Social entrepreneurship is about using entrepreneurship (customers revenue!) to help solve community, social, or environmental challenges. Just because social entrepreneurs use customers to help fund their models doesn’t mean that grants shouldn’t also help fund solutions.
To help you with your search, here are a few funding options available for both for profit and non-profit social enterprises. These are small, but every $10K helps.
Credit Union Sponsorships Grants, Foundations (for-profit and non-profit)
Credit unions have been social enterprises before we even had a word for social entrepreneurship. They are important actors in the movement in every community across our country. Often credit unions support community activities and events through grants, sponsorships, as well as volunteer support.
Here are a few good examples:
- Valley First Charitable Foundation or Sponsorships & Donations
- Interior Savings Credit Union Community Foundation
- Prospera Credit Union Community Programs
- Coast Capital focuses their support on Youth
- Vancity has a suite of options to support community. Take a look at their Partnership Funding Programs which support various priorities like environment, social enterprise, and more.
Nearly every community in Canada has one or more credit unions. Take a look here if you don’t know yours.
National Research Council (for-profit social enterprises)
The NRC’s Industrial Research Assistance Program provides financial support to qualified small and medium-sized for profit enterprises in Canada to help them undertake technology innovation. This can be as small as $10,000 and up to several hundred thousand dollars for a multi-year project. You do not have to be a ‘technology company’ to take advantage of their programs. Through their Youth Employment Strategy, IRAP also provides small and medium-sized enterprises with financial assistance to hire young talent.
Canada Job Grant (for-profit and non-profit)
The Canada Job Grant offers funding toward the cost of training provided by third-party trainers. The Canada Job Grant could provide two-thirds of the cost of training, up to $10,000 with the employer required to cover the remaining third of the costs. Small businesses with less than 50 employees can benefit from flexible arrangements, such as the potential to count wages as part of their employer contribution.
Innoweave was created to provide free webinars, action-oriented workshops, tools, and funding for coaches to help implement Social Innovation approaches for community organizations. The funding from Innoweave can be used to help implement a new approach within your social enterprise with the help of a coach. Organizations have to attend one of their online Social Enterprise workshops that helps to explore and develop your social enterprise idea, and learn about how to achieve social, cultural, and/or environmental goals while generating revenue.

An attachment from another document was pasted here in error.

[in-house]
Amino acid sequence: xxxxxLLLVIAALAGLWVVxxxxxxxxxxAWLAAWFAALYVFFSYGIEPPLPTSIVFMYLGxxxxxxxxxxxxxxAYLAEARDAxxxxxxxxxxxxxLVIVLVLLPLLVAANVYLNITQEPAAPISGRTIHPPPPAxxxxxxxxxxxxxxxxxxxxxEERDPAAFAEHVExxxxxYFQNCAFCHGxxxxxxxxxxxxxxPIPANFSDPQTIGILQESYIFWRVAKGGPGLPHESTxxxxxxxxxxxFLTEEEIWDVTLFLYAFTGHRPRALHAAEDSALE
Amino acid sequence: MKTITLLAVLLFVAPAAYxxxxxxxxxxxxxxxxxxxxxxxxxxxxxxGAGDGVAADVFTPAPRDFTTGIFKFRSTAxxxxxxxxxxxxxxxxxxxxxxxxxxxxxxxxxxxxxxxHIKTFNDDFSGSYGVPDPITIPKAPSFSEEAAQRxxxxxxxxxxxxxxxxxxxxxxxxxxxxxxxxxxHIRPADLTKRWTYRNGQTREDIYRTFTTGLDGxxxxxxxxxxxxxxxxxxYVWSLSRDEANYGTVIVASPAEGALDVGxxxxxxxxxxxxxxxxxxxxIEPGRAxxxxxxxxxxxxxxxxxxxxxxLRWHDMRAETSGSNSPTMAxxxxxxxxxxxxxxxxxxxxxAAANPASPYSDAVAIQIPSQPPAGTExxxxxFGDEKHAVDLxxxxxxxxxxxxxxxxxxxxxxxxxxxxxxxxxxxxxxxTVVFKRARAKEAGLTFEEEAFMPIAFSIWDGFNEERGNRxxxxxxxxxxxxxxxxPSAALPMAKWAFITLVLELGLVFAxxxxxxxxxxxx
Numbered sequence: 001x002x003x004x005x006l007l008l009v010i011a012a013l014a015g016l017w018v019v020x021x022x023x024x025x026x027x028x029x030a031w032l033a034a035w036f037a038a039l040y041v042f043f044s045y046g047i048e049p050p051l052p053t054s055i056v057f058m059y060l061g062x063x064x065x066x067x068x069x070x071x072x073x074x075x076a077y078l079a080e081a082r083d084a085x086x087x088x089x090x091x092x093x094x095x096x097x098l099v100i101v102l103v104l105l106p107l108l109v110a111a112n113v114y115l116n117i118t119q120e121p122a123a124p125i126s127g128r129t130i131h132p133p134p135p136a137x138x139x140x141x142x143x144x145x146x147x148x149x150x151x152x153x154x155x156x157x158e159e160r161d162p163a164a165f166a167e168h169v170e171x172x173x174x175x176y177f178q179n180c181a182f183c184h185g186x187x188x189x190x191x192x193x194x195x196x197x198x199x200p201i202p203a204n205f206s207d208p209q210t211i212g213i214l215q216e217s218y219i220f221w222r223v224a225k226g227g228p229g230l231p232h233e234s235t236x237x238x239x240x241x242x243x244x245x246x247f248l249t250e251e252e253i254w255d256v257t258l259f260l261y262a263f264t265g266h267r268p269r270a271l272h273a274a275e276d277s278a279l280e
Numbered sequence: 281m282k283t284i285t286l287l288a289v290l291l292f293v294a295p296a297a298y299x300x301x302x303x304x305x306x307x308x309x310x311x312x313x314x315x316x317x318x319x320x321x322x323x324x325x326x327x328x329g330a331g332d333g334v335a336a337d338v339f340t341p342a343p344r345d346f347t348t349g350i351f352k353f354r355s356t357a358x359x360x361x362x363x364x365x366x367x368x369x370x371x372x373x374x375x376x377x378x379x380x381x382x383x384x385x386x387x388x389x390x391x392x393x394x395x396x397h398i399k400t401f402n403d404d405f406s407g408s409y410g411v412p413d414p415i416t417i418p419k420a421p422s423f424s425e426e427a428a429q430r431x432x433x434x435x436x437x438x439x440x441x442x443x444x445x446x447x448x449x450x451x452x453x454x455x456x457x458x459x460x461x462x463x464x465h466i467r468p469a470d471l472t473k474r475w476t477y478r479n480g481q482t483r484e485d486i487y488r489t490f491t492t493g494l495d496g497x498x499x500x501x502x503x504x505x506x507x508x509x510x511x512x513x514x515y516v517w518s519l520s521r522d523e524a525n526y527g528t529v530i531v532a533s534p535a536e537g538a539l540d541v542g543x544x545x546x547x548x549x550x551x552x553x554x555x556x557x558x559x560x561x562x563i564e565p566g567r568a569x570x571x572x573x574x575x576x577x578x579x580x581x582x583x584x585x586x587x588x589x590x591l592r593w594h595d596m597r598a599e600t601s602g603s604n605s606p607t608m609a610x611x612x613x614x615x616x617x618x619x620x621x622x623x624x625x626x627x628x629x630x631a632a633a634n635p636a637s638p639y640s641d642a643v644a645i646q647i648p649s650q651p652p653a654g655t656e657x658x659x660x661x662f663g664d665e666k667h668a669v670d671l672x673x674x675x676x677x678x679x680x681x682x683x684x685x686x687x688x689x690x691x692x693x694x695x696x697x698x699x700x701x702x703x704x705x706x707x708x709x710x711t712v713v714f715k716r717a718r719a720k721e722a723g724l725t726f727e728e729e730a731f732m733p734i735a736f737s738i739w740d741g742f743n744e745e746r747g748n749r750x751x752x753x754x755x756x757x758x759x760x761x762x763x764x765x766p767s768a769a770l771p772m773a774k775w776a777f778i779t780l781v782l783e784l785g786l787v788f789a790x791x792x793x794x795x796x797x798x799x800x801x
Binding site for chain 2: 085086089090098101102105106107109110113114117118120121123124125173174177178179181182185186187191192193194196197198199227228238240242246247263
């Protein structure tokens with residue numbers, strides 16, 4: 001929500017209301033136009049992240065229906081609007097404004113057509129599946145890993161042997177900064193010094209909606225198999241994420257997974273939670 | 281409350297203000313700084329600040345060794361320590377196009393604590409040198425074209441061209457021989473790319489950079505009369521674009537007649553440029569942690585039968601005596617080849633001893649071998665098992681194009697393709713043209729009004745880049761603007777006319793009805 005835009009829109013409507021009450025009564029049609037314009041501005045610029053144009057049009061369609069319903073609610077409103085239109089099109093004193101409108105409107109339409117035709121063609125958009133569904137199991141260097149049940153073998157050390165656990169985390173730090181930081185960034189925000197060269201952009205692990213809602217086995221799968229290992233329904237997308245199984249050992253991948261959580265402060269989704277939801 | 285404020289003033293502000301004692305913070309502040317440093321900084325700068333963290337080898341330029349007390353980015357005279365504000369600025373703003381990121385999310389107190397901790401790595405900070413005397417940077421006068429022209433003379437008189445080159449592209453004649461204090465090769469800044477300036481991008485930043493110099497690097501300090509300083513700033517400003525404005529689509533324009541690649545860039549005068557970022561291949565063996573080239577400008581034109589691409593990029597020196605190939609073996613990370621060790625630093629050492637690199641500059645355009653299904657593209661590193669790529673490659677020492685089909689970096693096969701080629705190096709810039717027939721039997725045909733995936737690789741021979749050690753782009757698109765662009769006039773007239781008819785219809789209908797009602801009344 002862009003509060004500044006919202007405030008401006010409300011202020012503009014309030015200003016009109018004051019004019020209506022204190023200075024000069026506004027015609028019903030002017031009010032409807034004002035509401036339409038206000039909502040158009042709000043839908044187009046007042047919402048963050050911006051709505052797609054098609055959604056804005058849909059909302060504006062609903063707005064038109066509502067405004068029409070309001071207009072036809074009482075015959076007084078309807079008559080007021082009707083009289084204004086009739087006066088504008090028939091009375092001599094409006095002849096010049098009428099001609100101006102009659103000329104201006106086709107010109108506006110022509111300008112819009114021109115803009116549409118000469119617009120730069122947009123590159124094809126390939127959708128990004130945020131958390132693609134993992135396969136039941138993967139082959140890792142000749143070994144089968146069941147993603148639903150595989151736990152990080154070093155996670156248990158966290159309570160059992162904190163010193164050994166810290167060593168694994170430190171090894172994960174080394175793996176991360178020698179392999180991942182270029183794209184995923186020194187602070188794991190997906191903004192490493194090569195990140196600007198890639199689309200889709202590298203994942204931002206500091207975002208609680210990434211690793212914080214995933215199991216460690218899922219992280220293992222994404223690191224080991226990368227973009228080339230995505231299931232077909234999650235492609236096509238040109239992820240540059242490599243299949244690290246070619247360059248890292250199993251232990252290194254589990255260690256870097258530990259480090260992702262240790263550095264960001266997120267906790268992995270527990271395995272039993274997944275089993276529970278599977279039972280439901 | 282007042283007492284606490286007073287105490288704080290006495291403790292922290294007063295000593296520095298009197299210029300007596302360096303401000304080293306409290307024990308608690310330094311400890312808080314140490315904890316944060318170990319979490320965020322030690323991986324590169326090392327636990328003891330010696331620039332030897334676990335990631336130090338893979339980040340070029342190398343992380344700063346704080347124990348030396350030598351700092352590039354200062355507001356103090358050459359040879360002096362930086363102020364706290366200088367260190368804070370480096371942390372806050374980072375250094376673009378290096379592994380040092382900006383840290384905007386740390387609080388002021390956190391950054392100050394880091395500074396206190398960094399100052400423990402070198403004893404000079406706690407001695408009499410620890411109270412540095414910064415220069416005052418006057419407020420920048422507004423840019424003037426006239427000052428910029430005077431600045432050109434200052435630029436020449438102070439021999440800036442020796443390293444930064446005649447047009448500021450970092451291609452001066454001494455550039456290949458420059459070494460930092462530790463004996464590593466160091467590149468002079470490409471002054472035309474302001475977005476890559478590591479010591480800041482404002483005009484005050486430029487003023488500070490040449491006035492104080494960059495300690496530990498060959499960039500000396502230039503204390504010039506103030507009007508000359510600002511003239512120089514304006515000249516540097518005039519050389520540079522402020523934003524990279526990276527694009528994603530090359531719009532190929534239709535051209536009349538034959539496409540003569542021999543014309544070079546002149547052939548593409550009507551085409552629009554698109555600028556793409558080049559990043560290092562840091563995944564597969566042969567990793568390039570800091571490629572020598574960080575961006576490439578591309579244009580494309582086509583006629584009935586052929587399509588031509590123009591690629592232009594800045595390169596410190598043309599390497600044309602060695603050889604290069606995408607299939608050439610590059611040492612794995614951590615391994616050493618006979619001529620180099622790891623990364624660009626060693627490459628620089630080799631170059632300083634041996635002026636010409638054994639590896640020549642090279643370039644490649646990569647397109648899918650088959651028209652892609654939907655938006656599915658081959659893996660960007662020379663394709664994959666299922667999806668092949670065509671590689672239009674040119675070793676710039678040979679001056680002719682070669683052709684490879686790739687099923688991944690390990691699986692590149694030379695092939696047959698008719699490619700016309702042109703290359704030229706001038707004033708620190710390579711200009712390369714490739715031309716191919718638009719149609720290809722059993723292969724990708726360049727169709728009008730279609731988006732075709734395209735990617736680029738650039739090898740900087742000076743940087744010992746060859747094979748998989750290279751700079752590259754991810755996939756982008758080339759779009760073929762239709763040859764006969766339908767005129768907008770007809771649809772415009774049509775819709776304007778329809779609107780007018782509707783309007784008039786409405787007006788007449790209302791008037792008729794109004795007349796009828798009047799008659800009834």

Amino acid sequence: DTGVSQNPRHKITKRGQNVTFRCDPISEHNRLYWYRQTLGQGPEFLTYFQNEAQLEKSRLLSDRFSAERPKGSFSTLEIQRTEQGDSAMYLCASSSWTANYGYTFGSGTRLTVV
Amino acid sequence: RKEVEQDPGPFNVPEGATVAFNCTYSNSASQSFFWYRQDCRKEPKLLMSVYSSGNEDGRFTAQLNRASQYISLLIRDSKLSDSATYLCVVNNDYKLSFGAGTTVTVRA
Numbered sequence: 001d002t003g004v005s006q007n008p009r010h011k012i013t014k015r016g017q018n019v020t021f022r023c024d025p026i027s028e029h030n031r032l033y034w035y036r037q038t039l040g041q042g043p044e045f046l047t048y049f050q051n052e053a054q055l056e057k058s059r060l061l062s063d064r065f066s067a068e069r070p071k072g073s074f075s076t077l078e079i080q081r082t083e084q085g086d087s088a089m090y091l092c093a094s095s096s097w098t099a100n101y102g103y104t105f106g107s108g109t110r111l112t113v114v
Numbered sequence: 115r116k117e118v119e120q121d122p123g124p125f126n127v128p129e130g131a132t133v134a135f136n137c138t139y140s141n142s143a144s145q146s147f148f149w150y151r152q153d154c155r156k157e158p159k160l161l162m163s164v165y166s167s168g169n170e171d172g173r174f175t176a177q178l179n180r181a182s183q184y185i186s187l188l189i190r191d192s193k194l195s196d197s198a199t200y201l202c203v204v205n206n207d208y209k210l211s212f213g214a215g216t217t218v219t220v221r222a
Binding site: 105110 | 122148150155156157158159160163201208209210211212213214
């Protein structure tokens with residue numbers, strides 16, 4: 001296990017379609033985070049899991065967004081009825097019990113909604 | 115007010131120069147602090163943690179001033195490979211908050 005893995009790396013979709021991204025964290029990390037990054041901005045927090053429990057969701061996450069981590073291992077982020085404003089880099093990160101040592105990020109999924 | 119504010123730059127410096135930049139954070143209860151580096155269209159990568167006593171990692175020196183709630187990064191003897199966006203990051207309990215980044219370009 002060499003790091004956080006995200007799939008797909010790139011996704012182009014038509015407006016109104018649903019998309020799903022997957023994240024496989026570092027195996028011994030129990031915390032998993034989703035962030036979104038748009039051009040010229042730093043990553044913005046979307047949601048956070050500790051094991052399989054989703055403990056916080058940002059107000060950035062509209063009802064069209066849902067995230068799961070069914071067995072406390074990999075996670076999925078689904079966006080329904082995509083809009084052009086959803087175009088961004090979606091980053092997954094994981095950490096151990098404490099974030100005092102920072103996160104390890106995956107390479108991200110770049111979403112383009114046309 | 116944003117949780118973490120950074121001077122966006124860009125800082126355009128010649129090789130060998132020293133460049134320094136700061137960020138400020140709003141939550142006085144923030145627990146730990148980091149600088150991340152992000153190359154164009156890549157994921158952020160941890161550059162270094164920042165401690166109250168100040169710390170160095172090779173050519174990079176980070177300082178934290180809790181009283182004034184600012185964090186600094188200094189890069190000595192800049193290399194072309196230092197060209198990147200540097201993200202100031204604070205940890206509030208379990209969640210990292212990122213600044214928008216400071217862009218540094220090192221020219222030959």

Provincial Trusts provide funding to support social, economic, and environmental development projects that will have long-term benefits to a specific region. They work to bring people together, provide resources, and lead initiatives that will strengthen the community in which they operate.
Here’s a small list of some of the Trusts available throughout British Columbia:
- Southern Interior Development Initiative Trust
- Columbia Basin Trust
- Northern Development Initiatives Trust
- Islands Trust
Community Foundations of Canada (registered charities)
Community Foundations have a deep knowledge of local needs and opportunities and act as champions for issues that matter. They are dedicated to improving communities by using investment income and donations to create grants available to registered charities.
Here are a few examples:
- The Central Okanagan Foundation Community Endowment Fund
- Community Foundation of the North Okanagan
- Community Foundation of the South Okanagan
- BC Interior Community Foundation
For a full list of all 191 Community Foundations in Canada, or for a list in your region, take a look here.